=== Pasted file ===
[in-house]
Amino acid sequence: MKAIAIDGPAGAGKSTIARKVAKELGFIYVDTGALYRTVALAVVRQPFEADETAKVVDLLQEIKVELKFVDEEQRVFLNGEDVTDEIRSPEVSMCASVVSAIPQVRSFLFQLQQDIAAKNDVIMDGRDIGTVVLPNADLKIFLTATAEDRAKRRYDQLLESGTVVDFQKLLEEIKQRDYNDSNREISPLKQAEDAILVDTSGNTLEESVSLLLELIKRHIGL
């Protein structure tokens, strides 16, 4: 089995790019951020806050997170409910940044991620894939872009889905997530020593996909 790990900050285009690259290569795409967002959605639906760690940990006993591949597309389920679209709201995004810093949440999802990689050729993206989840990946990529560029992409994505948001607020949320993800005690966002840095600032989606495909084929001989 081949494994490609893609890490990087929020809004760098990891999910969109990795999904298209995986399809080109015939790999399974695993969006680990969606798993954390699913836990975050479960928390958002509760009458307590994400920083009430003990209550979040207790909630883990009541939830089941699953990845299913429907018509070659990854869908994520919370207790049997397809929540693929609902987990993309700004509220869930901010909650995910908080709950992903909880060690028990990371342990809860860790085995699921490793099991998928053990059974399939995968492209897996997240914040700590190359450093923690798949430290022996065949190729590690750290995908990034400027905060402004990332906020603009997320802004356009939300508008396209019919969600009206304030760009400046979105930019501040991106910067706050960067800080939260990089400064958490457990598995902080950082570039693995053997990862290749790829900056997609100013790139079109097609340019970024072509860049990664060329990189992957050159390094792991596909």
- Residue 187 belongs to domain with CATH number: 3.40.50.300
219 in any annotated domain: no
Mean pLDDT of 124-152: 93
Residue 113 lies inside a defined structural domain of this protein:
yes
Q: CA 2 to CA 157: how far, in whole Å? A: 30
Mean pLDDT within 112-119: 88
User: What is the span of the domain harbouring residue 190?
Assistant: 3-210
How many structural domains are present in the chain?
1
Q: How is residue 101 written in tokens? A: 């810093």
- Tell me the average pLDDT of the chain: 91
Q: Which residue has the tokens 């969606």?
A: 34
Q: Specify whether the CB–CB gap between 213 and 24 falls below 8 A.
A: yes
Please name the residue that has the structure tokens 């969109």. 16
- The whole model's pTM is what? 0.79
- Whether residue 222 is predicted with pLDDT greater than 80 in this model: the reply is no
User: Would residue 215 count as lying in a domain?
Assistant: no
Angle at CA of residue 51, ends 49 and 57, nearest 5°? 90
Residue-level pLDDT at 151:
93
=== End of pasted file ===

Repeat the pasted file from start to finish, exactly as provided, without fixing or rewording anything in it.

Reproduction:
[in-house]
Amino acid sequence: MKAIAIDGPAGAGKSTIARKVAKELGFIYVDTGALYRTVALAVVRQPFEADETAKVVDLLQEIKVELKFVDEEQRVFLNGEDVTDEIRSPEVSMCASVVSAIPQVRSFLFQLQQDIAAKNDVIMDGRDIGTVVLPNADLKIFLTATAEDRAKRRYDQLLESGTVVDFQKLLEEIKQRDYNDSNREISPLKQAEDAILVDTSGNTLEESVSLLLELIKRHIGL
């Protein structure tokens, strides 16, 4: 089995790019951020806050997170409910940044991620894939872009889905997530020593996909 790990900050285009690259290569795409967002959605639906760690940990006993591949597309389920679209709201995004810093949440999802990689050729993206989840990946990529560029992409994505948001607020949320993800005690966002840095600032989606495909084929001989 081949494994490609893609890490990087929020809004760098990891999910969109990795999904298209995986399809080109015939790999399974695993969006680990969606798993954390699913836990975050479960928390958002509760009458307590994400920083009430003990209550979040207790909630883990009541939830089941699953990845299913429907018509070659990854869908994520919370207790049997397809929540693929609902987990993309700004509220869930901010909650995910908080709950992903909880060690028990990371342990809860860790085995699921490793099991998928053990059974399939995968492209897996997240914040700590190359450093923690798949430290022996065949190729590690750290995908990034400027905060402004990332906020603009997320802004356009939300508008396209019919969600009206304030760009400046979105930019501040991106910067706050960067800080939260990089400064958490457990598995902080950082570039693995053997990862290749790829900056997609100013790139079109097609340019970024072509860049990664060329990189992957050159390094792991596909």
- Residue 187 belongs to domain with CATH number: 3.40.50.300
219 in any annotated domain: no
Mean pLDDT of 124-152: 93
Residue 113 lies inside a defined structural domain of this protein:
yes
Q: CA 2 to CA 157: how far, in whole Å? A: 30
Mean pLDDT within 112-119: 88
User: What is the span of the domain harbouring residue 190?
Assistant: 3-210
How many structural domains are present in the chain?
1
Q: How is residue 101 written in tokens? A: 């810093």
- Tell me the average pLDDT of the chain: 91
Q: Which residue has the tokens 């969606």?
A: 34
Q: Specify whether the CB–CB gap between 213 and 24 falls below 8 A.
A: yes
Please name the residue that has the structure tokens 């969109």. 16
- The whole model's pTM is what? 0.79
- Whether residue 222 is predicted with pLDDT greater than 80 in this model: the reply is no
User: Would residue 215 count as lying in a domain?
Assistant: no
Angle at CA of residue 51, ends 49 and 57, nearest 5°? 90
Residue-level pLDDT at 151:
93